7th Oct 2000, 16:02
I've been wondering about this for a while but have not been able to figure out why the V1 adjustment increases as weight decreases on the on 737 slippery/slush/standing water V1 adjustment advisory info table.Could it be the acceleration rate to Vr after engine failure? http://www.pprune.org/ubb/NonCGI/confused.gif
It has to do with the drag of the slush during the accelerate stop. The deeper slush builds up infront of the wheel and assists you in stopping.
8th Oct 2000, 11:23
Yeah that's true with increasing depth of slush/water/...,but you'll find that with the same contaminant depth the V1 reduction increases with lower weights.
Why is there a bigger V1 reduction for a lower weight for the same contaminant depth?
8th Oct 2000, 16:33
I figure it is due to the fact that the person who is working out the performance wants you to GO, not STOP - i.e. the manufacturer has determined that passed V1 the aircraft WILL be able to accelerate to Rotate and Take off, whereas the stop case is less certain. This is easier at lighter weights than when heavier, hence a bigger split when you are light.
Errm, I think anyhow! :)
I supposed that I should RTFQ before hitting the reply button…..
The Contaminated Runway V1 reductions are greater for a lower weight/lower V1, because it is presumed that your weight is runway limited. Therefore the runway is shorter than if you were to have a higher weight/higher V1. The V1 adjustments are calculated for that shorter runway.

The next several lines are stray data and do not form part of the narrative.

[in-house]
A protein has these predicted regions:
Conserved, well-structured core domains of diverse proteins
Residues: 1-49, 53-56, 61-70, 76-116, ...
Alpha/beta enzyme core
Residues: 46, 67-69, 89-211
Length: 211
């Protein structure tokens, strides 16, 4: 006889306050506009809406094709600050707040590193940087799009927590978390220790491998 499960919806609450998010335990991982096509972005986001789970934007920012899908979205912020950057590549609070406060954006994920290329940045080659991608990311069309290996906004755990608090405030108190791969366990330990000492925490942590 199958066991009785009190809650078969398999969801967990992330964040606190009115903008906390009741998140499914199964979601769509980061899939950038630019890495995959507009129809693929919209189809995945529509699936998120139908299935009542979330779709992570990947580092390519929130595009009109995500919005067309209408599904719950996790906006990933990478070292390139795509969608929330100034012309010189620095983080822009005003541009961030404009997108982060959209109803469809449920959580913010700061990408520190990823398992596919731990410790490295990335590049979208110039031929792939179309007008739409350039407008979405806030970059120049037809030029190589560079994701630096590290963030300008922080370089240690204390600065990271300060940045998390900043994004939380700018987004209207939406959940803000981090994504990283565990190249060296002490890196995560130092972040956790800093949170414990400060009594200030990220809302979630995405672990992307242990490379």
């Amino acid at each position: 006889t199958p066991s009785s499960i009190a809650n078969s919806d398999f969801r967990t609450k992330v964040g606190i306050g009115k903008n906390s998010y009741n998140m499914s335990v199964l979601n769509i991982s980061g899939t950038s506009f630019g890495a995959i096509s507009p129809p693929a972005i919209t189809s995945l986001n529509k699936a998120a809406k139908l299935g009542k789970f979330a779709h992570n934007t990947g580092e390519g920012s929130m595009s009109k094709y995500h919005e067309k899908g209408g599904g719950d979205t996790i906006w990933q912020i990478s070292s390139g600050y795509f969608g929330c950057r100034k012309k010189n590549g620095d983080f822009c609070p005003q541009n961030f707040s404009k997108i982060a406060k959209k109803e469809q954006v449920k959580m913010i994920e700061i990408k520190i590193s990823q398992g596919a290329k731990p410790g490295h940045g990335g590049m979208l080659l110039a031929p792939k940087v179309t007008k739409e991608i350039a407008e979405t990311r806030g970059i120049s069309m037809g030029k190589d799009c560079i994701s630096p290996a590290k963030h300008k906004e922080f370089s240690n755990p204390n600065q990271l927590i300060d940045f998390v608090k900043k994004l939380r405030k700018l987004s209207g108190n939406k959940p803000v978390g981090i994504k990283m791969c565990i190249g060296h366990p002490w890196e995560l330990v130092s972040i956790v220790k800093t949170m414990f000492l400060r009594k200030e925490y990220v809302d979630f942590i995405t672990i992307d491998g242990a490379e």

11th Oct 2000, 14:59
Thanks mutt that makes sense,but if you have a look at the FPPM/QRH you'll find that the field/obstacle limit weight is taken care of in the first table (Weight adjustment) before one goes into the V1 adjustment table.Therefore it's possible even at the higher weights to be taking off r/w limited.
Surely the adjustment at higher weights as well as lower,caters for this.
I think there might be more to this,what do you think? :)
12th Oct 2000, 01:37
noticed the same thing the other day...
the way i figure it is that its for the same reason that ure v1 is lower at a lower weight...
which is because....
The contaminated runway corrections for all weights are based on runway limit weights. Looking at the long winded method in an AFM, you have to enter with the runway length to find the applicable corrections.
There was a very interesting procedure in an AFM dated 1973, it doesn’t appear in the modern AFM, it states:
At a speed of VR-10 Kts, lift the nose wheel off the runway, accelerate to VR in this configuration to reduce drag. Does anybody actually do that??
17th Oct 2000, 12:01
Okay,we agree that the table refers to T/O at r/w limited weights.That much is clear.
Therefore shouldn't the higher weight t/o have a greater V1 adjustment(due to inertia,..)compared to a lower weight t/o?
The fact that the lower weight t/o is assumed to be fm a shorter r/w shouldn't be a factor as they are both r/w limited.(Re:your earlier post)
P.S Are you saying they encouraged rotating before Vr?(Vr-10 probably would be below V1 on balanced field t/o.) ;)
Sorry for the last response, the reason why the V1 adjustments are larger with the lower V1 speeds has to do with runway friction.
It is assumed that the wet braking Mu is half of the dry runway Mu. At higher weights the dry Mu starts to decrease and so the margin between the dry Mu and wet Mu gets smaller. (The wet Mu is a constant.) therefore so do the corrections!
As for the statement in the AFM dated 1-5-73.
Takeoff from precipitation covered runways
At rotation speed minus 10 kts (VR-10Kts) lift the nose wheel out of the precipitation by rotation to a three to five degree nose up attitude. Maintain this attitude until reaching the computer VR, then rotate to normal takeoff attitude.
Nose wheel and impingement drag will be greatly reduced by use of this procedure.